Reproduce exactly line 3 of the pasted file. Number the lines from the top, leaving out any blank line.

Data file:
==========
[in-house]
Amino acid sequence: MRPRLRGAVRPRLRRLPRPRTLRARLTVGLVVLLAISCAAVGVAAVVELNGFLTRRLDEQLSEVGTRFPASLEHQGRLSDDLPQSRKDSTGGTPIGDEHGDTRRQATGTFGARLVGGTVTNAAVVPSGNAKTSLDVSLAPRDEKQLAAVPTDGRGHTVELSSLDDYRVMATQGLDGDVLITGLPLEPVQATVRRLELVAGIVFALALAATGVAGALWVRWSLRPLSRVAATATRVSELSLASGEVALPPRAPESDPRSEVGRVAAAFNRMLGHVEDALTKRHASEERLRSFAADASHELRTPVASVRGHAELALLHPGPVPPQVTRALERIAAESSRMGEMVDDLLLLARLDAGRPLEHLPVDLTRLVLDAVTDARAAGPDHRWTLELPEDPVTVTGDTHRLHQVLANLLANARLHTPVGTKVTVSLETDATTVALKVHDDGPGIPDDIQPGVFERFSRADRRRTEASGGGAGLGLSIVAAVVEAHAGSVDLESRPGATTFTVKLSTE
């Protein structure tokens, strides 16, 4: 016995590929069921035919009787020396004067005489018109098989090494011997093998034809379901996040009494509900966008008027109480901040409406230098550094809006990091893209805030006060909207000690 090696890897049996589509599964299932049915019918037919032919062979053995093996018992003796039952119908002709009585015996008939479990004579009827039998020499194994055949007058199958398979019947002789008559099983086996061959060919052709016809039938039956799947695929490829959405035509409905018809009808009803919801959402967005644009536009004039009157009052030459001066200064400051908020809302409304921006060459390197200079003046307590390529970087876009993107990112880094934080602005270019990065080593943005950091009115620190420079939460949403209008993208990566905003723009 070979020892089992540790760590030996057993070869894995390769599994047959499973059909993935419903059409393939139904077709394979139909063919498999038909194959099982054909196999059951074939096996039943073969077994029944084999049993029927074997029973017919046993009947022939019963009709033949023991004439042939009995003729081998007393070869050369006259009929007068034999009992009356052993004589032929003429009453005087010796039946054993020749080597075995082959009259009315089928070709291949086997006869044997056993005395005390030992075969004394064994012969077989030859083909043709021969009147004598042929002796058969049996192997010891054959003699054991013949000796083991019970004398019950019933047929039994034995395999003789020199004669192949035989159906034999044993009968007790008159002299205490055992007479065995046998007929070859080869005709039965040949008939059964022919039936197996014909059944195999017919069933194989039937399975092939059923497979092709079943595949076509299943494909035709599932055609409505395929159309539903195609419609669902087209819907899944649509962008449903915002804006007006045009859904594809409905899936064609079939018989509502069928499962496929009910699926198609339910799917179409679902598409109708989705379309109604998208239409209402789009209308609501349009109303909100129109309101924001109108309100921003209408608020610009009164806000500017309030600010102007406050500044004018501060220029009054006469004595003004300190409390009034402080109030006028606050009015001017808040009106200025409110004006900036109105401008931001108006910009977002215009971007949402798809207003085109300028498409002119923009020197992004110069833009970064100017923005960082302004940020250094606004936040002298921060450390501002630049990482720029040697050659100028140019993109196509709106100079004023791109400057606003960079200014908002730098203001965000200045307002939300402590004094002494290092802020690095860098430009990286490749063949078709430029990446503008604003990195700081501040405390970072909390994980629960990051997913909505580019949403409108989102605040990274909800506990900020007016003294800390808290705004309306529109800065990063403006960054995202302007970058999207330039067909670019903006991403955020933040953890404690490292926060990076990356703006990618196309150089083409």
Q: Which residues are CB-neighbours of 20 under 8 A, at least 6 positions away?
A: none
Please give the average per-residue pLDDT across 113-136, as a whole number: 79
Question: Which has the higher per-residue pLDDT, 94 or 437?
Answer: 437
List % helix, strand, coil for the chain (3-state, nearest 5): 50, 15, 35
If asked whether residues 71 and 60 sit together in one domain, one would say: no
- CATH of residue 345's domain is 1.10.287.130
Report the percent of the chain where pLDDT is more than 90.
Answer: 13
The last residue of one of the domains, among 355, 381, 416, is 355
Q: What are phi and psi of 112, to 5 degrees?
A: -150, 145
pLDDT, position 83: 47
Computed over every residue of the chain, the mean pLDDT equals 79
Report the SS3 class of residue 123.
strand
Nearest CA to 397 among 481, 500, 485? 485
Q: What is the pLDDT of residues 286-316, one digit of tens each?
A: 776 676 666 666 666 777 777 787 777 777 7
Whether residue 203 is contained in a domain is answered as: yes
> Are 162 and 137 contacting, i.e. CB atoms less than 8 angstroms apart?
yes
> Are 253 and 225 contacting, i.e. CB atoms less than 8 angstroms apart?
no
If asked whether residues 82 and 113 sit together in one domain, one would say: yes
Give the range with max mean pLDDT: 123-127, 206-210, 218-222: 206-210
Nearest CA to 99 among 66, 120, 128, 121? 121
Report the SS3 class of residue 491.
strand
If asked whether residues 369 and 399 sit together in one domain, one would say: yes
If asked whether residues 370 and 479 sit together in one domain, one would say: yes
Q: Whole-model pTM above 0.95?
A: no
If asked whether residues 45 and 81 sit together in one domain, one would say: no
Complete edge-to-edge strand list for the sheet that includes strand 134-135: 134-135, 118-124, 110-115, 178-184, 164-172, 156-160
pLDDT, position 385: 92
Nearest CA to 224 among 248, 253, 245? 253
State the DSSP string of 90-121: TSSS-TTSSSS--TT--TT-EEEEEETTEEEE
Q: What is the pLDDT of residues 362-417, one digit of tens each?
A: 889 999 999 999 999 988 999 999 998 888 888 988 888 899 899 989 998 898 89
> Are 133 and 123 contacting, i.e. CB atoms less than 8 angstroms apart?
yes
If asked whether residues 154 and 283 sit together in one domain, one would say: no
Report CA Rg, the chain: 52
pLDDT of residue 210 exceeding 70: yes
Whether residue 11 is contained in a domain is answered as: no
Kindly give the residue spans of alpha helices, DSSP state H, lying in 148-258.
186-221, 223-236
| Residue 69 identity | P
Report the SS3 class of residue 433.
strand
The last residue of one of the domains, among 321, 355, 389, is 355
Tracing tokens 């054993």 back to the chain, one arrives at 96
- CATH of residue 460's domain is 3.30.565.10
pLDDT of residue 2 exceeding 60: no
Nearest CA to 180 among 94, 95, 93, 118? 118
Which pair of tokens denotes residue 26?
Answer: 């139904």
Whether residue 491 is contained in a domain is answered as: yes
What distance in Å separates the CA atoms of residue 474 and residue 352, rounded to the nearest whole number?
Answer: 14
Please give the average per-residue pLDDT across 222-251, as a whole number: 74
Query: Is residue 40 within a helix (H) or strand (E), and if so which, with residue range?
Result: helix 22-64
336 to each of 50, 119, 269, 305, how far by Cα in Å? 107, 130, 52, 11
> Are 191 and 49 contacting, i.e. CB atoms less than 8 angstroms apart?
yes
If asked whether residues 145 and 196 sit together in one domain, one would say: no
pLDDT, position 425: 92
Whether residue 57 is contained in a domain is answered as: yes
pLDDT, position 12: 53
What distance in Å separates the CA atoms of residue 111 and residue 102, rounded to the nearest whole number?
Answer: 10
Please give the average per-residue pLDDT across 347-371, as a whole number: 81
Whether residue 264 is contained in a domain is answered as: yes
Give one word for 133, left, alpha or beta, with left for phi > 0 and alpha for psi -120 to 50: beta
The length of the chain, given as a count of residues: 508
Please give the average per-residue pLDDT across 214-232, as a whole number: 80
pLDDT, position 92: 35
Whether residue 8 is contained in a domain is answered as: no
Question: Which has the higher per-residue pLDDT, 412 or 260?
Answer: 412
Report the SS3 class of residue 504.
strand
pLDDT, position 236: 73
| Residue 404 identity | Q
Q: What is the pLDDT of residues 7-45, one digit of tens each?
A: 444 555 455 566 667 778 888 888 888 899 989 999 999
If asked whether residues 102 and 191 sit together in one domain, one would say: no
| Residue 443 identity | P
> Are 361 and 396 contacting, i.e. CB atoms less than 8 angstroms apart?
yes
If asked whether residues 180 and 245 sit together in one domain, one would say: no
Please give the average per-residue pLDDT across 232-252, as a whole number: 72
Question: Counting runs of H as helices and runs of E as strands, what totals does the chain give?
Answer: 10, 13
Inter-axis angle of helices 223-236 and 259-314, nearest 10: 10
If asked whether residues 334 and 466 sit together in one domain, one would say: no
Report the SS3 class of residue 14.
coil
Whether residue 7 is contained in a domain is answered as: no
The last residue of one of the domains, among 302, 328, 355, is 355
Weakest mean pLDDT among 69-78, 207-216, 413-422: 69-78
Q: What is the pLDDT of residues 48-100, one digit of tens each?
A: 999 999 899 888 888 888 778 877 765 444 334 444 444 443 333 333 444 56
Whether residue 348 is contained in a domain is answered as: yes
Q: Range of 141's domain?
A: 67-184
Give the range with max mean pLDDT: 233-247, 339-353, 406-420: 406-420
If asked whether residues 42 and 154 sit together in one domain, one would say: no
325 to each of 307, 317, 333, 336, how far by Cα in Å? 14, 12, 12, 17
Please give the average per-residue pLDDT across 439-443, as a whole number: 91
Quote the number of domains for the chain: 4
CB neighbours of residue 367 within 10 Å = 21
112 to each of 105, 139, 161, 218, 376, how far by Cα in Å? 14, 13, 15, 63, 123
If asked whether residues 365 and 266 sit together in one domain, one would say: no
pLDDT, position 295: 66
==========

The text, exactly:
């Protein structure tokens, strides 16, 4: 016995590929069921035919009787020396004067005489018109098989090494011997093998034809379901996040009494509900966008008027109480901040409406230098550094809006990091893209805030006060909207000690 090696890897049996589509599964299932049915019918037919032919062979053995093996018992003796039952119908002709009585015996008939479990004579009827039998020499194994055949007058199958398979019947002789008559099983086996061959060919052709016809039938039956799947695929490829959405035509409905018809009808009803919801959402967005644009536009004039009157009052030459001066200064400051908020809302409304921006060459390197200079003046307590390529970087876009993107990112880094934080602005270019990065080593943005950091009115620190420079939460949403209008993208990566905003723009 070979020892089992540790760590030996057993070869894995390769599994047959499973059909993935419903059409393939139904077709394979139909063919498999038909194959099982054909196999059951074939096996039943073969077994029944084999049993029927074997029973017919046993009947022939019963009709033949023991004439042939009995003729081998007393070869050369006259009929007068034999009992009356052993004589032929003429009453005087010796039946054993020749080597075995082959009259009315089928070709291949086997006869044997056993005395005390030992075969004394064994012969077989030859083909043709021969009147004598042929002796058969049996192997010891054959003699054991013949000796083991019970004398019950019933047929039994034995395999003789020199004669192949035989159906034999044993009968007790008159002299205490055992007479065995046998007929070859080869005709039965040949008939059964022919039936197996014909059944195999017919069933194989039937399975092939059923497979092709079943595949076509299943494909035709599932055609409505395929159309539903195609419609669902087209819907899944649509962008449903915002804006007006045009859904594809409905899936064609079939018989509502069928499962496929009910699926198609339910799917179409679902598409109708989705379309109604998208239409209402789009209308609501349009109303909100129109309101924001109108309100921003209408608020610009009164806000500017309030600010102007406050500044004018501060220029009054006469004595003004300190409390009034402080109030006028606050009015001017808040009106200025409110004006900036109105401008931001108006910009977002215009971007949402798809207003085109300028498409002119923009020197992004110069833009970064100017923005960082302004940020250094606004936040002298921060450390501002630049990482720029040697050659100028140019993109196509709106100079004023791109400057606003960079200014908002730098203001965000200045307002939300402590004094002494290092802020690095860098430009990286490749063949078709430029990446503008604003990195700081501040405390970072909390994980629960990051997913909505580019949403409108989102605040990274909800506990900020007016003294800390808290705004309306529109800065990063403006960054995202302007970058999207330039067909670019903006991403955020933040953890404690490292926060990076990356703006990618196309150089083409």